For his part, Markell freely acknowledged that “the altered economic terrain is preventing new wealth from being broadly shared,” that “income inequality is growing worse,” and that “a huge number of Americans are economically insecure.” Growth is “necessary, but not sufficient,” and he made the case for “a decent minimum wage,” “affordable and quality health care,” and support for a dignified retirement.

Sen. Warren and Gov. Markell, would you kindly give each other a call?

As for Emanuel, his inaugural address on Monday was devoted to the single subject of “preventing another lost generation of our city’s youth.” It was a powerful and unstinting look at how easy it is for the rest of society to turn its back on those for whom “their school is the street and their teachers are the gangs.”

“The truth is that years of silence and inaction have walled off a portion of our city,” he said. “It is time to stop turning our heads and turning the channel. … We cannot abandon our most vulnerable children to the gang and the gun.” If “centrists” and “populists” can’t come together on this cause, they might as well pack it in.

Yes, the populists and centrists need to fight out real differences, and that’s what we will see in the coming weeks on trade. But they would do well to remember the theologian Reinhold Niebuhr’s observation that it’s always wise to seek the truth in our opponents’ error, and the error in our own truth.

And as it happens, to win the presidency, one of Hillary Clinton’s central tasks will be to move both sides in the progressive argument to embrace Niebuhr’s counsel.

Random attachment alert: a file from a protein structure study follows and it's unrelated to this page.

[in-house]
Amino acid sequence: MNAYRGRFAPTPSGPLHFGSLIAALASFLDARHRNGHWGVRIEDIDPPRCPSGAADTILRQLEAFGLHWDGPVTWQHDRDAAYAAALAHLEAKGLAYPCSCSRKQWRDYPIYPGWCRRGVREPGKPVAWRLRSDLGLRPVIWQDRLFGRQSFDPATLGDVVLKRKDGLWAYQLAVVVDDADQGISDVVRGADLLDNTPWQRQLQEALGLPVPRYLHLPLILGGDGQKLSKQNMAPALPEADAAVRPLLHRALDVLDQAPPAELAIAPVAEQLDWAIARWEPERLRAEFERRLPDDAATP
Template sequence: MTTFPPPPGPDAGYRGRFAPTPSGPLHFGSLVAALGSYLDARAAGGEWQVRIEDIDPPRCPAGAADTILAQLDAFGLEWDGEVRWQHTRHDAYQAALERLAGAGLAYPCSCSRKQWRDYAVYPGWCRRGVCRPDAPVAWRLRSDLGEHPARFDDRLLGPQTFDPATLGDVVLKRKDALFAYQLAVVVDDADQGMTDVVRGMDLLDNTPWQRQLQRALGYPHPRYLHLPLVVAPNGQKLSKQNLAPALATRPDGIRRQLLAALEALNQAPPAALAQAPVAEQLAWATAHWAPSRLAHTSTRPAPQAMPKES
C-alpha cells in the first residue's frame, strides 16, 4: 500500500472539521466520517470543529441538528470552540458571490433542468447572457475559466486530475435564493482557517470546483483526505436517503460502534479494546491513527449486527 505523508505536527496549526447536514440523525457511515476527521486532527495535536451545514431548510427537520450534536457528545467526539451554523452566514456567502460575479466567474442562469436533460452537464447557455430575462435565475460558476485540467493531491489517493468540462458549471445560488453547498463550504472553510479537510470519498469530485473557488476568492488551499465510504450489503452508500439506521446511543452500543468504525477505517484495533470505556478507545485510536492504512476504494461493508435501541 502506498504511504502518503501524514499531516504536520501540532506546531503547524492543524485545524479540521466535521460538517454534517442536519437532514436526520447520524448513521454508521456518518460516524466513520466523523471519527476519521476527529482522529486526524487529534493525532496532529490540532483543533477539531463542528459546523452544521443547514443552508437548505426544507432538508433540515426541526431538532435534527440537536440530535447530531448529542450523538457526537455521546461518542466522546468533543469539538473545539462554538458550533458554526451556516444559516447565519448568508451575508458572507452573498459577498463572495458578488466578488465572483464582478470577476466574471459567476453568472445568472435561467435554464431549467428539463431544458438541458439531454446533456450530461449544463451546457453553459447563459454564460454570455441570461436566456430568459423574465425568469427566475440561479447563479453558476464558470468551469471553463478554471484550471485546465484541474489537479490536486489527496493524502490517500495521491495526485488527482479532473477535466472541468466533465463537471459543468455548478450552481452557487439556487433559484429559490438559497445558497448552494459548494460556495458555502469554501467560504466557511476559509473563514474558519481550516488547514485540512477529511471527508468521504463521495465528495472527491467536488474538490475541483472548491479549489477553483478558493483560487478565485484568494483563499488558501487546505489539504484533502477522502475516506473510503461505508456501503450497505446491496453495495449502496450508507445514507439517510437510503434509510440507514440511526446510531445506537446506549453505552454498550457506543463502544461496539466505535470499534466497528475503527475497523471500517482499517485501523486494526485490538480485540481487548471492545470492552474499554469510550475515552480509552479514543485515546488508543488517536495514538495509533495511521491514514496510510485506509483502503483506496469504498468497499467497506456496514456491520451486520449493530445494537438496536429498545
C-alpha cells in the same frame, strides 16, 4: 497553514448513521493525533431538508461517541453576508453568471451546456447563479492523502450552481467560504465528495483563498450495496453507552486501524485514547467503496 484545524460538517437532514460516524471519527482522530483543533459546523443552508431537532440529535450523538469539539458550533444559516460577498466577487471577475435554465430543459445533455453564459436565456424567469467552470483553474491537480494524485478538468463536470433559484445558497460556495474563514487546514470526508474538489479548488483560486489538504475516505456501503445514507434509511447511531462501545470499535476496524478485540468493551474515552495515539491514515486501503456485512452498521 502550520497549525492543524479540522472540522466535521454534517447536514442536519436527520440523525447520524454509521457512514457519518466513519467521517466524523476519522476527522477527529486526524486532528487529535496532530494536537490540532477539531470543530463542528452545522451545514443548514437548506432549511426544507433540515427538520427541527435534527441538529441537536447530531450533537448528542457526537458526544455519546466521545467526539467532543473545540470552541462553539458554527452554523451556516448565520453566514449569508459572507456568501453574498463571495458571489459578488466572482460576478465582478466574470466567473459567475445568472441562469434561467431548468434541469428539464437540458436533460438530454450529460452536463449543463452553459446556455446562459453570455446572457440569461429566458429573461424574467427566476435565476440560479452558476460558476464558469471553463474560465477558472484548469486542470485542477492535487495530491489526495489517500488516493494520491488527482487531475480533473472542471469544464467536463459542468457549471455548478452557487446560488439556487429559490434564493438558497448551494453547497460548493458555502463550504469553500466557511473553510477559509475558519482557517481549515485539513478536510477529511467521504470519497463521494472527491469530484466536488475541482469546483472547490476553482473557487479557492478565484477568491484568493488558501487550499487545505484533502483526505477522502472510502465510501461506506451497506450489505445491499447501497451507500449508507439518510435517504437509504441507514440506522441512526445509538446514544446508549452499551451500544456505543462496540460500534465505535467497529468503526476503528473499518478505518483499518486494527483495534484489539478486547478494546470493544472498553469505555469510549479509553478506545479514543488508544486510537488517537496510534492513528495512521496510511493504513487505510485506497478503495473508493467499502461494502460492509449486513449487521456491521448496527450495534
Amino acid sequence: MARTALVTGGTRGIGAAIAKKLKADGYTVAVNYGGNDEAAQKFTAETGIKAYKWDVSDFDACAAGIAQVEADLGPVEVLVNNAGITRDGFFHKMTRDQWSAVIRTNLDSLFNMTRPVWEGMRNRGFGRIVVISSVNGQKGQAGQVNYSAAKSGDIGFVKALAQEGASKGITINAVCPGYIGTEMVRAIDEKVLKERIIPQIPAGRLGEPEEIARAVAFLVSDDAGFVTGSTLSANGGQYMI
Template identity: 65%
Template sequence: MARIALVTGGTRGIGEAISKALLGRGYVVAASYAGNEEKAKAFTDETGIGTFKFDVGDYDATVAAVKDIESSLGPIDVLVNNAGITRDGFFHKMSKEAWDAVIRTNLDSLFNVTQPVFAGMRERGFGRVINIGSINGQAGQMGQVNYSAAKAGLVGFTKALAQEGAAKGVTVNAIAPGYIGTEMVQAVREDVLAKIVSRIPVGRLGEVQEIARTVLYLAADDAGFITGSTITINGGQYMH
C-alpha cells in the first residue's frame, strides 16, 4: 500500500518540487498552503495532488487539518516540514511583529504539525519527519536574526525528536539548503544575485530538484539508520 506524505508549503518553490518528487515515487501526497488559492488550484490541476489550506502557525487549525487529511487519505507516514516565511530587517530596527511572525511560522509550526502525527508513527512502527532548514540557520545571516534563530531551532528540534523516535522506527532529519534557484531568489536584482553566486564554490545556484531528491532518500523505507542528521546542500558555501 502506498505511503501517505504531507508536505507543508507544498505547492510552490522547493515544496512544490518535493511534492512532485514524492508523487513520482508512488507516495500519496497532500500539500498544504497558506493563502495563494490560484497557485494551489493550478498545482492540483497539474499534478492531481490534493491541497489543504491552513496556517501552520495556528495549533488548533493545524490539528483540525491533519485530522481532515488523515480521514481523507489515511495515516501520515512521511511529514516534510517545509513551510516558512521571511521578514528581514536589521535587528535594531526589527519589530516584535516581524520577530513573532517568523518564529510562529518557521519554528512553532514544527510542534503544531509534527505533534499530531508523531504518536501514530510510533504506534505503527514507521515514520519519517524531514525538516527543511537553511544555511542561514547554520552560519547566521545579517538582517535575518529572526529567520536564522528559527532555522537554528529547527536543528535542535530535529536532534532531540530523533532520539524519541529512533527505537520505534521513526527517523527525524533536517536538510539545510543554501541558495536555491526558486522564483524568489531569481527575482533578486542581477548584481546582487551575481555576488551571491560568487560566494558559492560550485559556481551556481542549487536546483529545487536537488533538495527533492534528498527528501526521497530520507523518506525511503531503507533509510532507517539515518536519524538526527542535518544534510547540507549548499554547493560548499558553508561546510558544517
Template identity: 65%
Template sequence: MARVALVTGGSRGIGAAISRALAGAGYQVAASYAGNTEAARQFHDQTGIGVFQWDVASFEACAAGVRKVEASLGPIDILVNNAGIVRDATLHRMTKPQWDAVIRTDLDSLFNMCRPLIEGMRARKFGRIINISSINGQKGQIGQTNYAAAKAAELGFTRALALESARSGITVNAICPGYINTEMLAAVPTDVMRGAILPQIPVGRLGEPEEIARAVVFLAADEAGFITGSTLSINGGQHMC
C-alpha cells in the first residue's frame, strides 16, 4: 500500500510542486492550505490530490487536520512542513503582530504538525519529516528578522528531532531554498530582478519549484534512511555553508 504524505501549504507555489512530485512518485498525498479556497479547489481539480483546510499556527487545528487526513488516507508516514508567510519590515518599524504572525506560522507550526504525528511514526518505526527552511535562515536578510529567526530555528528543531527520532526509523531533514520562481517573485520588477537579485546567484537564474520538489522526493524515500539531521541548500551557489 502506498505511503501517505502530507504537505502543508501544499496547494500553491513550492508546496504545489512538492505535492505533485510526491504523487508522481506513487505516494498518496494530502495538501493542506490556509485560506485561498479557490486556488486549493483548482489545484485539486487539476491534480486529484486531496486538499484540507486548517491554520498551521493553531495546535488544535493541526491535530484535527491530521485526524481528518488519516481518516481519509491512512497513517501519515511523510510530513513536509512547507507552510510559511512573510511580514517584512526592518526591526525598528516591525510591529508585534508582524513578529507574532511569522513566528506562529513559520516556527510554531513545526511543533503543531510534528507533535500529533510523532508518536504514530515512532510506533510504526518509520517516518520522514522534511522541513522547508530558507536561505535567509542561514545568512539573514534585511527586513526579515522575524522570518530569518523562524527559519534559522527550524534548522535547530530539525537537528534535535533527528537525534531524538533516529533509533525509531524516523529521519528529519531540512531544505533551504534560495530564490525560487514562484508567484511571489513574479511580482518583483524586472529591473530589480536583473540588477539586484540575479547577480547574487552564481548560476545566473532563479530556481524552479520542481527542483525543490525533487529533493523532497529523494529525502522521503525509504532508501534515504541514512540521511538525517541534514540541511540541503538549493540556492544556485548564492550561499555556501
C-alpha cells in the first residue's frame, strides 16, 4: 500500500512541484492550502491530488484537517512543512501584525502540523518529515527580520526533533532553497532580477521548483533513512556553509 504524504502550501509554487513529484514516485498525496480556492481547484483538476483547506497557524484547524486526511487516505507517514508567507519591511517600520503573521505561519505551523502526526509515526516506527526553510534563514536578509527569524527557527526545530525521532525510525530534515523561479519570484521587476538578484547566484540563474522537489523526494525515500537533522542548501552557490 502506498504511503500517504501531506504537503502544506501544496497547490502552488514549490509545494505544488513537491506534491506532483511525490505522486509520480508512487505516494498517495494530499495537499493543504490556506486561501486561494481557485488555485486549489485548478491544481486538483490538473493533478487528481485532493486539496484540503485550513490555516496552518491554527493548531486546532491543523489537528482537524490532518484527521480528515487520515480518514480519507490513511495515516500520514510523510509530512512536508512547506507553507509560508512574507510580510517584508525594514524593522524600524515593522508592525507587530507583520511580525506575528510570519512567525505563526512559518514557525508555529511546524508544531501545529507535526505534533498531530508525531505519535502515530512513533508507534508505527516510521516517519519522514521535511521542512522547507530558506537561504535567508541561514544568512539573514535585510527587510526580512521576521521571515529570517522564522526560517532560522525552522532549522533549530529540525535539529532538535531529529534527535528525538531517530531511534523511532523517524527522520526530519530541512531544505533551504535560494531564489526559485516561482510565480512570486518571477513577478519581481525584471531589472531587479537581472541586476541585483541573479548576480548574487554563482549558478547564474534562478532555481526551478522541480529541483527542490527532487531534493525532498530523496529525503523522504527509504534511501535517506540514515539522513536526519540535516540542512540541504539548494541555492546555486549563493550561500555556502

E.J. Dionne’s email address is [email protected] Twitter: @EJDionne. 

Photo: Elizabeth Warren campaigning in 2012. (Jacqueline via Flickr)

  • Buford2k11

    E.J. good call…but ya still need to get out a little and look harder at the real world…looking within the bubble is not going to help us…get out…come to Colorado and relax a bit…there are poor folk everywhere ya look in this country…and there is great wealth in this country…Imagine being “poor” where ya once was Middle Class, and watching yourself slowly sinking out of the mainstream of the economy….yet the great wealth remains beyond your reach….Imagine listening to the republicans as a “poor” person…then imagine listening to the Democrats….why do you think the “food stamp challenge” is so phony as to be nothing but propaganda….I see you have a voice on the tee vee….you are actually one of the few “talking heads” that I do trust to find the truth…Imagine being poor in today’s world…and keep telling the truth…

    • j.martindale

      You are right. The middle class is either hanging on by its fingernails, or it has already sunk into oblivion. The poor are in the streets. The question becomes, can anyone stop this disaster from continuing? We know that is not what the rethugs want or will do. So now what? I wish I had the answer. I fear the American public is too frightened of change to vote for it, and the “centrists” in the party will only slow the inevitable. A few changes on SCOTUS, though, might help us change election buying by the rich. A president that gives us a few years to welcome the Dreamers, rather than turning them out, that encourages minorities rather than condemning them–that may be the best we can hope for.